Since the mid-90’s there has sometimes been a little Joe Quinn voice in my head that yes “Now, Lindsay…” in that certain tone when I do something that would rightly cause skepticism in someone blessed with horse sense.
    I never knew that was the same “quinn” who commented here. Turns out, that instead of just thinking about him fairly often lo these many years, I was also in touch with him, after a fashion. Makes me a little less sad.
    Yitb,
    Lindsay

    Reply
  6. eric g.

    Chip, those were great quotations. I shed a tear just envisioning Joe saying them. I remember that when Joe particularly objected to something someone said, he would drawl “Now there you’re wrong…”
    SB, Jon Baker came home one night from his job teaching at Sylvan Learning Center in Durham, sat down in his chair to watch SportsCenter, and died of a brain aneurysm. Tragic and senseless.
    Andy, I believe Joe actually was born in Linville Falls. I’m not sure if he later moved to Marion proper or if he met Ted at McDowell County High School. I always have associated him with Marion, so he may have actually called it home.

    Reply
  7. Andy

    Thanks, eric. Joe may have been a few years ahead of me in high school so that’s probably why I didn’t know him. And those of us from McDowell County know that once you leave town, burgs like Nebo, Glenwood, PG, Old Fort, etc don’t mean much and we revert to saying we’re from Marion collectively.

    Reply
  8. emma

    My sympathies to Joe’s family and friends. Ian’s words are a beautiful tribute.
    I have never met Joe, but from what I have read here and in Eric’s blog, I realize that our paths have probably crossed several times over the last two decades. He lived an hour away and was in the same profession from me only 45 minutes away from where I worked. Looking back through these archives, Joe thought we had crossed paths too. In July, he commented to me on this site, “How have we never met, or have we? Would you like to drink together sometime?” Damn, if I had only known he lived an hour away. I probably flatter myself by saying I would have gotten along well with all the Quinns.
    It is a good week to remember to be thankful for the good health that we have and to remember to give to those who are not so fortunate.

    Reply
  9. xuxE

    god i should have taken my head out of my ass and said wussup to him, but i didn’t have any real sense of urgency about catching up and was afraid of getting into touchy subjects. and now i’m just like, FUCK!!!!
    he was so fucking hysterical. he would have me absolutely crying on countless occasions.
    unbelievable.
    i know he had hella issues at that time but fuck, we all did, we were just fucking kids.
    RIP Joe Quinn.

    Reply
  10. Ian

    Joe posted here under a few different names, but was mostly “joe q”. “Quinn” is actually the wonderful Quinn Cummings, who can be found here:
    http://qcreport.blogspot.com/
    Chip, thanks so much for Joe’s quips. Last night when I wrote this, I was hoping you would write some of them, because I’ve forgotten a lot of those little moments.
    Last night I held a dram of Bruichladdich XVII to the night sky, a drink made in 1988, the year I was lucky enough to meet him.

    Reply
  11. Reader

    A wonderful tribute – all of these guys were lucky to have a friend like you to describe them so well even for those of us who never met them.

    Reply
  12. JustinMcG

    This news hits me hard.
    I last saw Joe three years ago at the 75th anniversary thing at the Lodge. I hadn’t seen him in a many years before that, so I guess I can take some small solace in the fact that i was able to reconnect, if only for a short time.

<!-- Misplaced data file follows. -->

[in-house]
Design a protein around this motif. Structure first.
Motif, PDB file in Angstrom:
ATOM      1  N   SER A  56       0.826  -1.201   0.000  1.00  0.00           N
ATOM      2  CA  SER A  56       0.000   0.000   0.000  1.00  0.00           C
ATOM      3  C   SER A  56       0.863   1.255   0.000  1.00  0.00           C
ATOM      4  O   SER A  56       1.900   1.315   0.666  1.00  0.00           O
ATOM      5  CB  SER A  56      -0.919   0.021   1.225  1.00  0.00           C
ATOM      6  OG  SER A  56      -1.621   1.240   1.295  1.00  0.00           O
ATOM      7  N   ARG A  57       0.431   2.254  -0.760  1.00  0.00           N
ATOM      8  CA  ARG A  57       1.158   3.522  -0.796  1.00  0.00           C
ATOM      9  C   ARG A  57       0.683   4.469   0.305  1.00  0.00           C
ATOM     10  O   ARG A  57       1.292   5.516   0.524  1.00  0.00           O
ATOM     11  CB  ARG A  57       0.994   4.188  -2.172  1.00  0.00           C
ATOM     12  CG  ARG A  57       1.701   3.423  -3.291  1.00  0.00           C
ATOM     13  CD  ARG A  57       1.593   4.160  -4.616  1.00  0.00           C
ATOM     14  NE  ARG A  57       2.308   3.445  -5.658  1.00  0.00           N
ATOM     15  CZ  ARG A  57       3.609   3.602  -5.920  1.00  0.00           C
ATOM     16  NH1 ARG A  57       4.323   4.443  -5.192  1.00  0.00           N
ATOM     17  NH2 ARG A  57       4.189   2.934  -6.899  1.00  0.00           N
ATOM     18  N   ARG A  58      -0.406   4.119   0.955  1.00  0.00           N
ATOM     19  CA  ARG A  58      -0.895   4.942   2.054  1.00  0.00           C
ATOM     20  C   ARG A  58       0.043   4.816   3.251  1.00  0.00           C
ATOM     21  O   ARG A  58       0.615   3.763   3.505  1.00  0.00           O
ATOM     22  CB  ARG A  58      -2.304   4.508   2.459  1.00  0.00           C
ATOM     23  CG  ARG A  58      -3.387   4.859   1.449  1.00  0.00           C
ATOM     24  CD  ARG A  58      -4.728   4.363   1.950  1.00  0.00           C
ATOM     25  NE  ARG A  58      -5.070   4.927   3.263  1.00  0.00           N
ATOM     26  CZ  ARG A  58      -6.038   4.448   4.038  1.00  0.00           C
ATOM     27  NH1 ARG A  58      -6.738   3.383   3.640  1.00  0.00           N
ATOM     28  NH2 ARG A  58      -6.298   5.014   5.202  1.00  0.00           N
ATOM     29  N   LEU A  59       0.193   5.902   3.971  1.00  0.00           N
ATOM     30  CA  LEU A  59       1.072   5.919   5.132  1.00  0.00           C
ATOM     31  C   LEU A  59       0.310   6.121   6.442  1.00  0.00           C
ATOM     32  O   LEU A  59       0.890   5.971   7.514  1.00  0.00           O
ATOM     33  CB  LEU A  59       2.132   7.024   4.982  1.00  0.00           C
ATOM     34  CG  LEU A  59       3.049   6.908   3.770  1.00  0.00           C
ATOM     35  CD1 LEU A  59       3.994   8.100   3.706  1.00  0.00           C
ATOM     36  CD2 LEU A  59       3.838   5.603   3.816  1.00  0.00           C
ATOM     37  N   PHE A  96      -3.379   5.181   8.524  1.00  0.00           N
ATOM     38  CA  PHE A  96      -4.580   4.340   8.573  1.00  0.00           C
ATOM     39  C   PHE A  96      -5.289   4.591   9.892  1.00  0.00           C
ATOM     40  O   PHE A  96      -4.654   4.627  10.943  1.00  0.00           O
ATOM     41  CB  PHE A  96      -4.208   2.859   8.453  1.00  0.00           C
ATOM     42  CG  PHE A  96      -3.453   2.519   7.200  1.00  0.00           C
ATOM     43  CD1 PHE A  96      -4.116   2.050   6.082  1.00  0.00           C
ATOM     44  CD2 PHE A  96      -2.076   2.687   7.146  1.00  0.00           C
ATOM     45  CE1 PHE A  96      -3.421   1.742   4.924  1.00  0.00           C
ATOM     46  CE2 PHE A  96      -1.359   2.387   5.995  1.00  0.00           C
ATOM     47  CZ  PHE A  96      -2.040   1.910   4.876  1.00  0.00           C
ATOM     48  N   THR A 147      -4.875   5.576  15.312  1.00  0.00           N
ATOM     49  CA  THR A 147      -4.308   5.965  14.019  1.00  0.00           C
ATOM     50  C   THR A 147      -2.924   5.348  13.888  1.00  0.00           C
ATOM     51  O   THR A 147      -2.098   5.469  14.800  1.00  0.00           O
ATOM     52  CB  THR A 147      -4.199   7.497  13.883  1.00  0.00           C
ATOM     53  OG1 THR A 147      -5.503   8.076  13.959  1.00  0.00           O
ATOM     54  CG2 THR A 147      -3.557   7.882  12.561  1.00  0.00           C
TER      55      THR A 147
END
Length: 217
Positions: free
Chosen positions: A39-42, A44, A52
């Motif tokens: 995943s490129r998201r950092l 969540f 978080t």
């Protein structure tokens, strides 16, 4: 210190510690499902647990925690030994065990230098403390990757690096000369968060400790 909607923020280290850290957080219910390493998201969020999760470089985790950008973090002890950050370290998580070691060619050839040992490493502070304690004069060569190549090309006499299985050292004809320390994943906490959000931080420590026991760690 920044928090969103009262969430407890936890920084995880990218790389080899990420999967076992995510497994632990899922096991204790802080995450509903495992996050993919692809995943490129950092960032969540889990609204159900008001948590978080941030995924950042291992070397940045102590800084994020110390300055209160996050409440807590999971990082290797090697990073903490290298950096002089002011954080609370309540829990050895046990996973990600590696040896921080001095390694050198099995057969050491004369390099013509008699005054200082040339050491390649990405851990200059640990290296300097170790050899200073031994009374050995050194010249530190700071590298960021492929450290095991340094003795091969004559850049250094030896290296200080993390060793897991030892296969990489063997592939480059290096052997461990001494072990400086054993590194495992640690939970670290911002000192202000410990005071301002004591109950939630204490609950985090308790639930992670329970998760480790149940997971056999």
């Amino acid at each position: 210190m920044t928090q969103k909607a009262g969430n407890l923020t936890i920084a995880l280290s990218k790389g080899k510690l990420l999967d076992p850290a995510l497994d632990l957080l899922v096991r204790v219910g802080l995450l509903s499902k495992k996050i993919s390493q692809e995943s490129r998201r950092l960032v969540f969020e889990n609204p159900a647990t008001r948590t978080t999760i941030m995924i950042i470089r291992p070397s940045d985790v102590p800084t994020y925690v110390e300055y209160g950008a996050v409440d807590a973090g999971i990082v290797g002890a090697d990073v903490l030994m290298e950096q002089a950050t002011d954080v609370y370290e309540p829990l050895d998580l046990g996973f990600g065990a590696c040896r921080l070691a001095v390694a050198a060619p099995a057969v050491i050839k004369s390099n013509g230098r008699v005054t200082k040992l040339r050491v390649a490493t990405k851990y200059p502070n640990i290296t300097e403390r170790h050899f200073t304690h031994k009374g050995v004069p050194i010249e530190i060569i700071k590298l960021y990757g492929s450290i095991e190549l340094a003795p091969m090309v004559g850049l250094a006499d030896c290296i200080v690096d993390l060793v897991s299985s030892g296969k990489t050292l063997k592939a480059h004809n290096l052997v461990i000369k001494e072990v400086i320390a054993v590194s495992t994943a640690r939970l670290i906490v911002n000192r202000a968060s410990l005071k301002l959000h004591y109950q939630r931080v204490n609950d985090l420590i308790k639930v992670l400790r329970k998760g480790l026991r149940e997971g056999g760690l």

After I saw him that time, he sent me an email that said in part: “I fondly remember the night you and Chuck Pierce came with Ted to tell me I was a pledge. I then remember going with you guys to tell Brad Beebe.”
    Joe went on to explain how haunted he was by Chuck’s death, and he wondered whether there was anything anyone could have done.
    Now they’re both gone.
    Joe was truly a good person.
    Just … fuck.

    Reply
  13. c

    Condolences on the loss. Too many great folks die inexplicably young. The Chi Psi I’ve known, know and know of best include you, Ian, folks you know and mention here on the blog (vicariously), and Tom Williams and Ben McIver, both more memorable to me than most from pre-college, b/c they came FROM North Carolina like me, and sure sounds like your pal Joe.

    Reply
  14. Neva

    I just read his obituary in the N and O. I cried for his wife, daughter and son. Such a shame for them to lose someone so quickly and so early. You and the commenters here made me feel like I knew him. Thanks for that.

    Reply
  15. Jody K

    Joe rushed me hard at the Lodge. He made it perfectly clear that he wanted a larger contingent of indigenous, particularly mountain, Carolinians to offset the out-of-staters. I probably disappointed him to this end, but it did not keep him from delivering my bid and letting me be his roommate for a semester. We drank a lot of bourbon and ginger ale and I picked up his (and Teddy Mac’s, of course) mannerisms of speech, many of which I use to this day. These were so unique that I wish they were recorded somewhere (y’all know what I mean). This was also during a run for student body president- Joe and Ted’s Excellent Adventure, they called it, so I didn’t see him enough.
    The last time I saw him was during the same event Justin mentioned. There are times when you are want to tell someone they are one of the most unique, intelligent and outstanding singular personalities that you know. I almost introduced him to my wife that way, but it would have been out of place and complicated to explain.
    I should have anyway, because he was.

    Reply
  16. Annie

    Oh god– c, I hope you don’t mean the Tom Williams I knew from NC Governor’s School–math genius, Morehead, and great guy. I can’t believe these early-death stories, even though I tend to feel I have a constant awareness of such things because of my own father’s untimely death at 50.
    This is terribly sad, Ian, for you and for everyone who knew Joe Q. Thank you for giving him, and the other Chi Psis you mentioned, such eloquent tributes, as only you can. Those of us who did not know them now feel that we did, a little, and it is your gift.

    Reply